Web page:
Let $A \otimes B$ be the algebraic tensor of two $C^{\ast}$ algebras, and an element x in $A\otimes B$ is positive if $x=yy^{\ast}$. Then is it always possible to write x in the form $x=\sum a_i\otimes b_i$, where $a_i$ and $b_i$ are positive elements?

$\begingroup$ Further question: is the answer (to the original question) yes if we ask that all matrices are not only positive, but invertible? $\endgroup$– Ruben A. MartinezAvendanoJan 10, 2012 at 20:02

$\begingroup$ Only the element $x$ is in the question (the $a_i$ and $b_i$ would be part of the claimed conclusion). So are you asking: what if $x$ is invertible? $\endgroup$– Matthew DawsJan 10, 2012 at 21:18
1 Answer
I think the answer is no. The matrix $$ a=\begin{bmatrix} 1&0&0&1\\ 0&0&0&0\\ 0&0&0&0\\ 1&0&0&1 \end{bmatrix} $$ is positive in $M_4(\mathbb{C})$. When we see this algebra as $M_2(\mathbb{C})\otimes M_2(\mathbb{C})$, it cannot be obtained as a sum of elementary tensors with positive entries. .
(ok, several hours later, here is the argument)
First, $a$ is positive because it is selfadjoint and $a=\left(\frac1{\sqrt2}a\right)^2$. Now, if we have a sum of elementary tensors in $M_2(\mathbb{C})\otimes M_2(\mathbb{C})$, it will look like $$ \sum_j\begin{bmatrix} \alpha_j&\overline{\gamma_j}\\ \gamma_j&\beta_j\end{bmatrix} \otimes \begin{bmatrix}\alpha'_j&\overline{\gamma_j'}\\ \gamma_j'&\beta_j'\end{bmatrix} =\begin{bmatrix} \sum_j\alpha_j'\alpha_j& \sum_j \alpha_j'\overline{\gamma_j}& \sum_j\overline{\gamma_j'}\alpha_j&\sum_j\overline{\gamma_j'}\gamma_j\\ \sum_j\alpha_j'\gamma_j& \sum_j \alpha_j'\beta_j&*&*\\ *&*&*&*\\ *&*&*&* \end{bmatrix} $$ The assumption that each elementary tensor is made of the tensor of two positive matrices translates into $\alpha_j\geq0$, $\beta_j\geq0$, and $\alpha_j\beta_j\geq\gamma_j^2$ for all $j$ (and the "prime'' version too). Now if the matrix on the right is going to be our $a$ above, then the 2,2 entry forces the following: for each $j$, the product $\alpha_j'\beta_j=0$. If $\alpha_j'=0$, then $\gamma_j'=0$; and if $\beta_j=0$, then $\gamma_j=0$. That is, for each $j$, $\overline{\gamma_j'}\gamma_j=0$, and this forces the 1,4 entry to be $0$; but it is not zero in $a$.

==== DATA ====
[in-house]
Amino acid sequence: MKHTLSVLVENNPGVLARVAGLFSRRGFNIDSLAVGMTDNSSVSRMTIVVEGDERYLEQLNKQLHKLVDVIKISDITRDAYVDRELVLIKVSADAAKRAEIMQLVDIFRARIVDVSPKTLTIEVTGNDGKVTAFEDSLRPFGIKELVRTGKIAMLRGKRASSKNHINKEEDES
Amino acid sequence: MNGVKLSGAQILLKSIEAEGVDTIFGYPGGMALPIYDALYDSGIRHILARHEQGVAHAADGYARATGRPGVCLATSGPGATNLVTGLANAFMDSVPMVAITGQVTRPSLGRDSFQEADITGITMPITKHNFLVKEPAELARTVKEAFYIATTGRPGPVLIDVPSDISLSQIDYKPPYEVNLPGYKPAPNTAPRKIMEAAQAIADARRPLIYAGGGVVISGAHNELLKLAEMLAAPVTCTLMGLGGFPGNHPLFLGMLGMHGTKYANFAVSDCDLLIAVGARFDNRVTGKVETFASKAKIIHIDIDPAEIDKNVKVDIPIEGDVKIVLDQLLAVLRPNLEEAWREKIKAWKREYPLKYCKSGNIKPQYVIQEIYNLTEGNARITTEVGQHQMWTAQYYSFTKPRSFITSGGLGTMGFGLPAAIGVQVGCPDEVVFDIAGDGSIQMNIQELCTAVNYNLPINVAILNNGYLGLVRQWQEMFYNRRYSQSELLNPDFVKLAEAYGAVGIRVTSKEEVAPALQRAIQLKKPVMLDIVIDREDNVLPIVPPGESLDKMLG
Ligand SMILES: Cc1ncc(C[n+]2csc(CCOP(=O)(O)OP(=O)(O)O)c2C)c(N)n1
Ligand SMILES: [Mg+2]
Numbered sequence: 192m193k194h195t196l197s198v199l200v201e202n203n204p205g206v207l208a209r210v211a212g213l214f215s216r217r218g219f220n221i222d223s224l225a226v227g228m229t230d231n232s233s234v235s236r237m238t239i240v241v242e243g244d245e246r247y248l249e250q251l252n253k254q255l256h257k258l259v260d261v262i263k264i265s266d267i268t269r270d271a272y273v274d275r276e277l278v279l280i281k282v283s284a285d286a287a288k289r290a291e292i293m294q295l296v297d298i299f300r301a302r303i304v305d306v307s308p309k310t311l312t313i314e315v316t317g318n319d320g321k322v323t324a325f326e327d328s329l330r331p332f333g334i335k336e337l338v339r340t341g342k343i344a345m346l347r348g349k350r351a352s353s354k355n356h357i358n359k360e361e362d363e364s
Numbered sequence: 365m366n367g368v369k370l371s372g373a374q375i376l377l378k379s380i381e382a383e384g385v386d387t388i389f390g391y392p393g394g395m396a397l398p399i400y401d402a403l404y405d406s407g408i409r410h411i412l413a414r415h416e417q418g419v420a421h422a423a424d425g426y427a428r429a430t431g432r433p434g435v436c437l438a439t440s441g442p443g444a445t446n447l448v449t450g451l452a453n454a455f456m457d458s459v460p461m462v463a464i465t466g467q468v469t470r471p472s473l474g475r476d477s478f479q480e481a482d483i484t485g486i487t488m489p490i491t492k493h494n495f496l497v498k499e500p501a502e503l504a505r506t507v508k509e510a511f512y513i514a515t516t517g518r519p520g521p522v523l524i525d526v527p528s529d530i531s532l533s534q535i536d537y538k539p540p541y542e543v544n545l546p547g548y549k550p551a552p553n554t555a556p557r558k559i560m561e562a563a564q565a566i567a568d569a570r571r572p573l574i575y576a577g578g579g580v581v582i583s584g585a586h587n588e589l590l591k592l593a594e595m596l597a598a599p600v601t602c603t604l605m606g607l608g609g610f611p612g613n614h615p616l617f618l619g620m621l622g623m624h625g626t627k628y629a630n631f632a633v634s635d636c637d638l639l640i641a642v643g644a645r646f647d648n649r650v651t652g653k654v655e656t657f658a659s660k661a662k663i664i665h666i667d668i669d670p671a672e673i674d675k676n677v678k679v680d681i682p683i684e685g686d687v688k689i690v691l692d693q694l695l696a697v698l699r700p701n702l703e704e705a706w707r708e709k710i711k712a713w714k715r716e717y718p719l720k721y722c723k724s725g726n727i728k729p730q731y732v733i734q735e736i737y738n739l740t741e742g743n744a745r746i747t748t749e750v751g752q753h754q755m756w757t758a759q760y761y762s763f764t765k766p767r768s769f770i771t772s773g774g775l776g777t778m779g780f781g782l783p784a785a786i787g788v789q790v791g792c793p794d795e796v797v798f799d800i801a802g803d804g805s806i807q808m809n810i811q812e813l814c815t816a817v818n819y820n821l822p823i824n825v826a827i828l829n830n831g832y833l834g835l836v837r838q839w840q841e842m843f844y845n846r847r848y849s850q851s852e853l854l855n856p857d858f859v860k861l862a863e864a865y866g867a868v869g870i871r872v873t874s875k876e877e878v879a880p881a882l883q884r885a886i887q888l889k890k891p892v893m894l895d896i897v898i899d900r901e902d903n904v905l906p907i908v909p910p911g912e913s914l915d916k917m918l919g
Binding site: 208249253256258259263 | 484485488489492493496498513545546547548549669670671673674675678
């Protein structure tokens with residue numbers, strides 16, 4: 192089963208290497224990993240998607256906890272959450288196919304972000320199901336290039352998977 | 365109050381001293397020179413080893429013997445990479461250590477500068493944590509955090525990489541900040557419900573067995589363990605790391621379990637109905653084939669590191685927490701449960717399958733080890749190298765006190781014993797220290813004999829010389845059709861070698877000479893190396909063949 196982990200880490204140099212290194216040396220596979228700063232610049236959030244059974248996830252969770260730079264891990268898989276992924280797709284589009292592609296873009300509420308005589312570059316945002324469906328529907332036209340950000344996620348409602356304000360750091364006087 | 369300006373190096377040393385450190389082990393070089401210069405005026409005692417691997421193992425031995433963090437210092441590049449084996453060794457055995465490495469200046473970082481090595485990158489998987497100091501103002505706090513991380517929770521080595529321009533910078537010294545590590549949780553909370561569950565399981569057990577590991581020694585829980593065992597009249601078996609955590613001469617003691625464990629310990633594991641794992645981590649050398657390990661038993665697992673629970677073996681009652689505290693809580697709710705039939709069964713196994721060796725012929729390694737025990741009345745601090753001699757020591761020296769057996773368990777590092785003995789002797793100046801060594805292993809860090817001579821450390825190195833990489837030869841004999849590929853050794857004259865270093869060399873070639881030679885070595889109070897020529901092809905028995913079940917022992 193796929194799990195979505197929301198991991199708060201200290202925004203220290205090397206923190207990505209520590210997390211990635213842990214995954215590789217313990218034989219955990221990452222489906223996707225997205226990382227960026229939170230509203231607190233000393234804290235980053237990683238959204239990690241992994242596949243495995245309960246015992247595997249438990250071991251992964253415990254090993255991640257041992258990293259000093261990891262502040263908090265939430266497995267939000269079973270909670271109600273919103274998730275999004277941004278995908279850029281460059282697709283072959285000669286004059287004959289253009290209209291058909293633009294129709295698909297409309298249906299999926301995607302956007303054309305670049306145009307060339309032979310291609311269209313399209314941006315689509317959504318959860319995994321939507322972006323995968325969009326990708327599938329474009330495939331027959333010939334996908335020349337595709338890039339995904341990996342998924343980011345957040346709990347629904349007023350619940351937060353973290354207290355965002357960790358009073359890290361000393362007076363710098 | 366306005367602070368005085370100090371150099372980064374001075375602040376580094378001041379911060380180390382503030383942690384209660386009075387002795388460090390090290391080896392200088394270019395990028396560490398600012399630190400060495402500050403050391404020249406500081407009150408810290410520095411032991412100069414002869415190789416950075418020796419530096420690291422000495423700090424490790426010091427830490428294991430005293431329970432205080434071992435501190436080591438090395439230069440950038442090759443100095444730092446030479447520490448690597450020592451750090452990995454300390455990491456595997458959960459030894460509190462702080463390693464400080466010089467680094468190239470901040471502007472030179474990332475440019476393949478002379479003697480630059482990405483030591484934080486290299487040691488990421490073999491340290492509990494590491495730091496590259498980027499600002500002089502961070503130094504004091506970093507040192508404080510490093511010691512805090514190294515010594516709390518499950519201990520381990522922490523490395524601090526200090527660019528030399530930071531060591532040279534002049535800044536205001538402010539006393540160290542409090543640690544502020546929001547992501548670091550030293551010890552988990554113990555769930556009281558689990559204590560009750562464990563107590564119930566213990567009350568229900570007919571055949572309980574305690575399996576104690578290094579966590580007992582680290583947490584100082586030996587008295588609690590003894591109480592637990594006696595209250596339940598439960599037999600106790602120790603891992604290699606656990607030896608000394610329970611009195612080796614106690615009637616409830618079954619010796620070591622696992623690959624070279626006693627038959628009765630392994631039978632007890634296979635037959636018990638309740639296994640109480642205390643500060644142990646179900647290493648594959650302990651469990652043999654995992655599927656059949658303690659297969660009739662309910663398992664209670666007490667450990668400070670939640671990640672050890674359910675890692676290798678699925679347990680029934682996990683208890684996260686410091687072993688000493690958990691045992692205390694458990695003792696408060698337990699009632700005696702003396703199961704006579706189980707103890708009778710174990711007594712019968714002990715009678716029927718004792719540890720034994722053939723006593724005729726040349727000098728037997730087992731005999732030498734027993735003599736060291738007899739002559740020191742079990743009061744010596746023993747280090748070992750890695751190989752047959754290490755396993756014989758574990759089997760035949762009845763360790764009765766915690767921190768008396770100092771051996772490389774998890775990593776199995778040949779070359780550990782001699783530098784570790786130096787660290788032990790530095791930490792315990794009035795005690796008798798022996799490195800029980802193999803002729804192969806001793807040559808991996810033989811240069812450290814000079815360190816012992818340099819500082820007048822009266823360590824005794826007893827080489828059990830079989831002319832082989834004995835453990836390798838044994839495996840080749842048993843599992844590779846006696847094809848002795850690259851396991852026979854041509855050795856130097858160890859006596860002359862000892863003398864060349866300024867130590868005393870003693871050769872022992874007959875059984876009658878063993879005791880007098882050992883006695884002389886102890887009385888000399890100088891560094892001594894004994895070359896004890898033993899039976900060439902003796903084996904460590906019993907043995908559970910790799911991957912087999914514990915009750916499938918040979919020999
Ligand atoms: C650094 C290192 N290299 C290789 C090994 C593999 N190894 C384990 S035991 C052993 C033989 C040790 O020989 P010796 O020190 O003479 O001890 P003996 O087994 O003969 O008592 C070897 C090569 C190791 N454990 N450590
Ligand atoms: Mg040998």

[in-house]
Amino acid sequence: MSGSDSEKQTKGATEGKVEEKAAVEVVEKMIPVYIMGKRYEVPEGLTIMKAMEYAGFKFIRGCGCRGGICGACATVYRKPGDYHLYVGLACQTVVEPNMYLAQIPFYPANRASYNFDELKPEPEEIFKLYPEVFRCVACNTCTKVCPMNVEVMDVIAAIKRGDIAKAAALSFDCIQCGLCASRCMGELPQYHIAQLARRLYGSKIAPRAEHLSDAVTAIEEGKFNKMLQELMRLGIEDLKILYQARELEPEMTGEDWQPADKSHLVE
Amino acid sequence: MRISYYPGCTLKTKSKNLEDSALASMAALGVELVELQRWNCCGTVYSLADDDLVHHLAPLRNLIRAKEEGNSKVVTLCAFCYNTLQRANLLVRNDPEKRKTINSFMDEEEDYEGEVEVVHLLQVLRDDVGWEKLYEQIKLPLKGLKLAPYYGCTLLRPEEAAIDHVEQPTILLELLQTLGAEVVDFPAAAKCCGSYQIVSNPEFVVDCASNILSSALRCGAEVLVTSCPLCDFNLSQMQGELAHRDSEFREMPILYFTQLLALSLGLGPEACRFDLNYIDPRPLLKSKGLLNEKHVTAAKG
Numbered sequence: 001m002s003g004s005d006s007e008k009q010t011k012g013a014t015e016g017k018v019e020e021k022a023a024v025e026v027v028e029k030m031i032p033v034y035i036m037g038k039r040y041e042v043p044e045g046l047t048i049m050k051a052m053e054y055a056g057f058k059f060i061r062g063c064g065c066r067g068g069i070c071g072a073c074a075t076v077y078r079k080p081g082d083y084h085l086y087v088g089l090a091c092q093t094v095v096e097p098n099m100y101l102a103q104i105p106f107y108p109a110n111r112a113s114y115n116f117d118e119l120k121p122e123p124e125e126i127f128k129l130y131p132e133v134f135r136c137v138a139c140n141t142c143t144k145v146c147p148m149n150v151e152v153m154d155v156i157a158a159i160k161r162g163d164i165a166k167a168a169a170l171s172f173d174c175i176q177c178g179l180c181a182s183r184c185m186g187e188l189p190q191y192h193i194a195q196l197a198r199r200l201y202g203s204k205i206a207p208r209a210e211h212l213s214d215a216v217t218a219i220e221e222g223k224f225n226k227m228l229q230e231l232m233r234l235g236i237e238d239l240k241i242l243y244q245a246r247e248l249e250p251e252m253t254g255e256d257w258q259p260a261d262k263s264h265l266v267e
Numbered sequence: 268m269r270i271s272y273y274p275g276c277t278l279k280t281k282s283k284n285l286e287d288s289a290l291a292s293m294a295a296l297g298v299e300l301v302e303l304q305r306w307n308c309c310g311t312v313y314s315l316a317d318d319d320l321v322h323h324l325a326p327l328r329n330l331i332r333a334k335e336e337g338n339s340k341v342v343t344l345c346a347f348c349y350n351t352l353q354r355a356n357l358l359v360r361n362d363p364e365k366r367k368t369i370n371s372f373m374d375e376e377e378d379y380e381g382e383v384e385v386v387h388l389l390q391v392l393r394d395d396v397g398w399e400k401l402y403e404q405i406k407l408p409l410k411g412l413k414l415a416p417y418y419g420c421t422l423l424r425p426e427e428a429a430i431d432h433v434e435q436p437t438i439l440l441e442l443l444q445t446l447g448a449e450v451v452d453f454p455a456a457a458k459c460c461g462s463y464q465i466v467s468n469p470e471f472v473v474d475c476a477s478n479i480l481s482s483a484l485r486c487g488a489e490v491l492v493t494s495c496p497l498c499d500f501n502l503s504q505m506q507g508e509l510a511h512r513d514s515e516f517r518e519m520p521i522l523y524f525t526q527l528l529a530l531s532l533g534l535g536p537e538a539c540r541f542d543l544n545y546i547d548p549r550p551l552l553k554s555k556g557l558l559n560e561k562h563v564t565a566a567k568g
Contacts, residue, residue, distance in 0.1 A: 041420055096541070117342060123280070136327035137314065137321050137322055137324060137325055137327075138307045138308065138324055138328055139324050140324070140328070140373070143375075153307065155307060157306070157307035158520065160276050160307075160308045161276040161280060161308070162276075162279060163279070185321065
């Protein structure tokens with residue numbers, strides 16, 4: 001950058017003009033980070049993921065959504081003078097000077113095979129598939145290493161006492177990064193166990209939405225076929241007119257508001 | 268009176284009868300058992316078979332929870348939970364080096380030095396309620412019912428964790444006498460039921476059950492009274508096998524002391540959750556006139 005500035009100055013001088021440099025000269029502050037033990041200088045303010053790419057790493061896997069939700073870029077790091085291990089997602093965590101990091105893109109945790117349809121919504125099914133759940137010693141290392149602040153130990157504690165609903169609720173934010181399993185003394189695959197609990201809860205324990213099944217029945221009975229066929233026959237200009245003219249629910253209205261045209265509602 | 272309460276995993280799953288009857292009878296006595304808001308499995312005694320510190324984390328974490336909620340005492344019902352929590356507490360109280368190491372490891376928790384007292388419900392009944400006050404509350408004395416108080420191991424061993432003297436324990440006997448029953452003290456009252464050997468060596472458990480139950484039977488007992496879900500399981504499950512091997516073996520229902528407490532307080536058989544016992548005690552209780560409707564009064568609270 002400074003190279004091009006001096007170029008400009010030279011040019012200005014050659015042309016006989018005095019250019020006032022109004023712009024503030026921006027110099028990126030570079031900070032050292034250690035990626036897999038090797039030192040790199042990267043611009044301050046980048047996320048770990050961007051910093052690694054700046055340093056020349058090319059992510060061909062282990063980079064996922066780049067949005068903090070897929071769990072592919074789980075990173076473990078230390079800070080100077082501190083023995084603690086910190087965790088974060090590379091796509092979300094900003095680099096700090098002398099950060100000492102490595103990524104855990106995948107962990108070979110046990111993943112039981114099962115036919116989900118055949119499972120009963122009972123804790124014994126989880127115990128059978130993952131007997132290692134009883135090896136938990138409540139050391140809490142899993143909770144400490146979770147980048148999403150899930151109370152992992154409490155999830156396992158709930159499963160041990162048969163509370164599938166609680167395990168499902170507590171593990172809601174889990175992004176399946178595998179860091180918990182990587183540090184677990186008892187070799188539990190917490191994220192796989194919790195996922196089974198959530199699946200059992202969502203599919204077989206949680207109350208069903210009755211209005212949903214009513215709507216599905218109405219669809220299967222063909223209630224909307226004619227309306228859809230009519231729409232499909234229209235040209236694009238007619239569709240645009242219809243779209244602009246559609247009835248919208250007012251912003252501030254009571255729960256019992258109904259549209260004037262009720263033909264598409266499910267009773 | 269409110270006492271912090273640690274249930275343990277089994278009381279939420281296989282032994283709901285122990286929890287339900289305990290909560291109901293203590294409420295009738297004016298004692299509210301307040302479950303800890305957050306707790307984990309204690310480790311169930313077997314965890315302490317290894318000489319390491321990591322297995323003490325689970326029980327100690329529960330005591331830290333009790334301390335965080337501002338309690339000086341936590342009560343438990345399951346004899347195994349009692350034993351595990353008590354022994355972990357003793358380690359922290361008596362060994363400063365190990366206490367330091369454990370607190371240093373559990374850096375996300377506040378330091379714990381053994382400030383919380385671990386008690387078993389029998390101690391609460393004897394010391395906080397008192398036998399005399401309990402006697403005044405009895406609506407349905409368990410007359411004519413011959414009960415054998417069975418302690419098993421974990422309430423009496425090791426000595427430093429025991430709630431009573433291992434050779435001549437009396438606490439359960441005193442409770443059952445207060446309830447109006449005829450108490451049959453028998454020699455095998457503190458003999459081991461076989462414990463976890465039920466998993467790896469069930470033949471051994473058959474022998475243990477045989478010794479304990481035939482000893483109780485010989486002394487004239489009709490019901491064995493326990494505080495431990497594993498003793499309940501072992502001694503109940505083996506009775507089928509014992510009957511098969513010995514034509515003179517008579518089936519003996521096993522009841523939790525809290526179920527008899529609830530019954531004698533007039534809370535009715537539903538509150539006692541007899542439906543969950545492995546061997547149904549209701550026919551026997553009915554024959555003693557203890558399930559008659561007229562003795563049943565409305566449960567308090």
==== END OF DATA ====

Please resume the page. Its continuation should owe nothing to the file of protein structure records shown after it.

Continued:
$\begingroup$ Note that, at least in the case where both A and B are the C* algebras of square matrices of fixed size, this really is equivalent to the existence of entangled states in quantum physics. $\endgroup$ Oct 23, 2010 at 13:03

$\begingroup$ This really does have everything to do with mixed state entanglement in quantum mechanics. A positive matrix is "separable" precisely when it can be written as a sum of tensor powers of positive matrices. These form a convex cone that is a strict subset of the cone of all positive matrices in the tensor product, and the complement of the separable operators in this cone are "entangled". The operators of unit trace correspond to (either separable or entangled) density matrices. There are close parallels to the classification of positive/completely positive linear maps on matrix algebras. $\endgroup$– Jon YardOct 23, 2010 at 17:30

$\begingroup$ Well, if you want to know more Martin, have a look at arxiv.org/abs/quantph/0702225 $\endgroup$– Jon YardOct 23, 2010 at 23:54

1$\begingroup$ @Jon. Unbelievable! The four authors of this paper bear the same last name. What are their family links ? $\endgroup$ Jan 11, 2012 at 8:35